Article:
NASA’s James Webb Space Telescope has been assembled for the first time, at Northrop Grumman’s facilities in Redondo Beach, California.
Once it reaches space, NASA’s most powerful and complex space telescope will explore the cosmos using infrared light, from planets and moons within our solar system to the most ancient and distant galaxies.
The fully assembled James Webb Space Telescope with its sunshield and unitized pallet structures (UPSs) that fold up around the telescope for launch, are seen partially deployed to an open configuration to enable telescope installation. Credits: NASA/Chris Gunn
To combine both halves of Webb, engineers carefully lifted the Webb telescope (which includes the mirrors and science instruments) above the already-combined sunshield and spacecraft using a crane. Team members slowly guided the telescope into place, ensuring that all primary points of contact were perfectly aligned and seated properly. The observatory has been mechanically connected; next steps will be to electrically connect the halves, and then test the electrical connections.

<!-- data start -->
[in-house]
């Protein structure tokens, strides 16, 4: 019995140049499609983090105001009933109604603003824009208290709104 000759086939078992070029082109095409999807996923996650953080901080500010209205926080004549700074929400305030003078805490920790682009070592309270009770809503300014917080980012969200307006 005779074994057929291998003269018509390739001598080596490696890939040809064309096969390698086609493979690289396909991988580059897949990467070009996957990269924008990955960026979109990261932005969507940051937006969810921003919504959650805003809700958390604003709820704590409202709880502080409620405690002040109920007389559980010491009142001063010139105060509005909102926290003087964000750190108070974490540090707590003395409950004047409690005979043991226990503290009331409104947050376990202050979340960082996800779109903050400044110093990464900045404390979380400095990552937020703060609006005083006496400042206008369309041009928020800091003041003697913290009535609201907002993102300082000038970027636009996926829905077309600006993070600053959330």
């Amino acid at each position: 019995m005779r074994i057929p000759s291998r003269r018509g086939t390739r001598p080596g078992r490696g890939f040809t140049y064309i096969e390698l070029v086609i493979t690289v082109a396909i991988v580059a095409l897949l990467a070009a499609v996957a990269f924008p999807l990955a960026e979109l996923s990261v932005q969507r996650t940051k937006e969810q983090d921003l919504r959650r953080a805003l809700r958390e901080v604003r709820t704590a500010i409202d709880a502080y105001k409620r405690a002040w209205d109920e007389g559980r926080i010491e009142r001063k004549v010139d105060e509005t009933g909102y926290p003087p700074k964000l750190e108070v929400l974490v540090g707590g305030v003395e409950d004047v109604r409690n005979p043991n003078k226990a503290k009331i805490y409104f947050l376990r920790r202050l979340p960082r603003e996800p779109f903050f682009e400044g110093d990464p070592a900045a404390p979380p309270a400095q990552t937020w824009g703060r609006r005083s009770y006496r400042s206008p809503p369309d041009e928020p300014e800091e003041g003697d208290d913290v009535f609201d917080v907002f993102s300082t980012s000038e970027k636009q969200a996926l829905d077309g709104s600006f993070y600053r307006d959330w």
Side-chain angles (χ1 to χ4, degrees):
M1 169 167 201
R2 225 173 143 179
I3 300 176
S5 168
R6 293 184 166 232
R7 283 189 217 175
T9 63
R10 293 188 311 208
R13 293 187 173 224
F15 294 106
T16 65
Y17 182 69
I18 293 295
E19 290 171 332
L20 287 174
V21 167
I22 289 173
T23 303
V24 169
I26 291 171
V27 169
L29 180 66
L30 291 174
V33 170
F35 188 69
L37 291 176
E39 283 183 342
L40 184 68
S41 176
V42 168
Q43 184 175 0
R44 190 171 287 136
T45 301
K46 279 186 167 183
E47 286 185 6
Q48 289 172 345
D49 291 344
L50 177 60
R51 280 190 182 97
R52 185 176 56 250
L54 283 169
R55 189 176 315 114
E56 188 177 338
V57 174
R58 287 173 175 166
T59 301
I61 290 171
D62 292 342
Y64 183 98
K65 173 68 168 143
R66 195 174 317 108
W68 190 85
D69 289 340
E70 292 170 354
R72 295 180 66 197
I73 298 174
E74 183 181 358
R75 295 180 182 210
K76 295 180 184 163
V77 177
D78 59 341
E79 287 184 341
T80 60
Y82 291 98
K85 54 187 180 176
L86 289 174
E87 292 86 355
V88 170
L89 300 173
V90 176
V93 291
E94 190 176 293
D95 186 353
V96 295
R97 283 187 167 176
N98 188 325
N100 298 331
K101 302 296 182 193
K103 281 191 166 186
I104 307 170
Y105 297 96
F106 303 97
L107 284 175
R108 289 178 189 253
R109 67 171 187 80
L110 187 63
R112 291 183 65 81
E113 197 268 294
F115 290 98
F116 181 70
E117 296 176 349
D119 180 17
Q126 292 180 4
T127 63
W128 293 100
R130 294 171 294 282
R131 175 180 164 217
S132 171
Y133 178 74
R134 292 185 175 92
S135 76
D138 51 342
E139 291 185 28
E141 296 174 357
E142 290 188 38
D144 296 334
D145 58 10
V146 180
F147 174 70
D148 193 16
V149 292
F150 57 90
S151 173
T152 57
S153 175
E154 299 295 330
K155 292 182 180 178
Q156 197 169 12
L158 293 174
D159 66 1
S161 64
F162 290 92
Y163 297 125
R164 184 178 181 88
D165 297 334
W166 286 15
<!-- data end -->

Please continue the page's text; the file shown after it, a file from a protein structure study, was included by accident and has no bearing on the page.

“The assembly of the telescope and its scientific instruments, sunshield and the spacecraft into one observatory represents an incredible achievement by the entire Webb team,” said Bill Ochs, Webb project manager for NASA Goddard Space Flight Center in Greenbelt, Maryland. “This milestone symbolizes the efforts of thousands of dedicated individuals for over more than 20 years across NASA, the European Space Agency, the Canadian Space Agency, Northrop Grumman, and the rest of our industrial and academic partners.”
“This is an exciting time to now see all Webb’s parts finally joined together into a single observatory for the very first time,” said Gregory Robinson, the Webb program director at NASA Headquarters in Washington, D.C. “The engineering team has accomplished a huge step forward and soon we will be able to see incredible new views of our amazing universe.”
Images credits NASA/Chris Gunn